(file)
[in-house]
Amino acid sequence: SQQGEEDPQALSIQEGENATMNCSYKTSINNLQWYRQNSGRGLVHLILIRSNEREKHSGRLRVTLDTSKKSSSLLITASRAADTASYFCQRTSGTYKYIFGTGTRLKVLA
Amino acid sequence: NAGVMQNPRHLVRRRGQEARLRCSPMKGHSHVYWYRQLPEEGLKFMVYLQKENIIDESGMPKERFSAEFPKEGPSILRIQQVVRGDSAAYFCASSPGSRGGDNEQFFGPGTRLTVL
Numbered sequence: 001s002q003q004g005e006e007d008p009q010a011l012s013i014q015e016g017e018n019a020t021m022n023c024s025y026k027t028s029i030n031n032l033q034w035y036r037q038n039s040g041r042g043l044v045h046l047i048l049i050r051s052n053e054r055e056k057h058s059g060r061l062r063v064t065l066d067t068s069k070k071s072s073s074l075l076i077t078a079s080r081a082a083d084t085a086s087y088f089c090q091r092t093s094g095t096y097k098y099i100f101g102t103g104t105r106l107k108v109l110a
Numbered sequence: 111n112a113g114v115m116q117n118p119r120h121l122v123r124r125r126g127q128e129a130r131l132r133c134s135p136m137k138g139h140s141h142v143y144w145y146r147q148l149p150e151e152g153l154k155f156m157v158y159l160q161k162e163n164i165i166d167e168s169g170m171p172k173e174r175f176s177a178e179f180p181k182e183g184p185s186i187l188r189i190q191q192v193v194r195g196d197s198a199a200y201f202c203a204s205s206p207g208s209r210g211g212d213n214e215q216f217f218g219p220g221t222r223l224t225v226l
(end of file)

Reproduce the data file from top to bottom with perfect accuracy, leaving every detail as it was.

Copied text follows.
[in-house]
Amino acid sequence: SQQGEEDPQALSIQEGENATMNCSYKTSINNLQWYRQNSGRGLVHLILIRSNEREKHSGRLRVTLDTSKKSSSLLITASRAADTASYFCQRTSGTYKYIFGTGTRLKVLA
Amino acid sequence: NAGVMQNPRHLVRRRGQEARLRCSPMKGHSHVYWYRQLPEEGLKFMVYLQKENIIDESGMPKERFSAEFPKEGPSILRIQQVVRGDSAAYFCASSPGSRGGDNEQFFGPGTRLTVL
Numbered sequence: 001s002q003q004g005e006e007d008p009q010a011l012s013i014q015e016g017e018n019a020t021m022n023c024s025y026k027t028s029i030n031n032l033q034w035y036r037q038n039s040g041r042g043l044v045h046l047i048l049i050r051s052n053e054r055e056k057h058s059g060r061l062r063v064t065l066d067t068s069k070k071s072s073s074l075l076i077t078a079s080r081a082a083d084t085a086s087y088f089c090q091r092t093s094g095t096y097k098y099i100f101g102t103g104t105r106l107k108v109l110a
Numbered sequence: 111n112a113g114v115m116q117n118p119r120h121l122v123r124r125r126g127q128e129a130r131l132r133c134s135p136m137k138g139h140s141h142v143y144w145y146r147q148l149p150e151e152g153l154k155f156m157v158y159l160q161k162e163n164i165i166d167e168s169g170m171p172k173e174r175f176s177a178e179f180p181k182e183g184p185s186i187l188r189i190q191q192v193v194r195g196d197s198a199a200y201f202c203a204s205s206p207g208s209r210g211g212d213n214e215q216f217f218g219p220g221t222r223l224t225v226l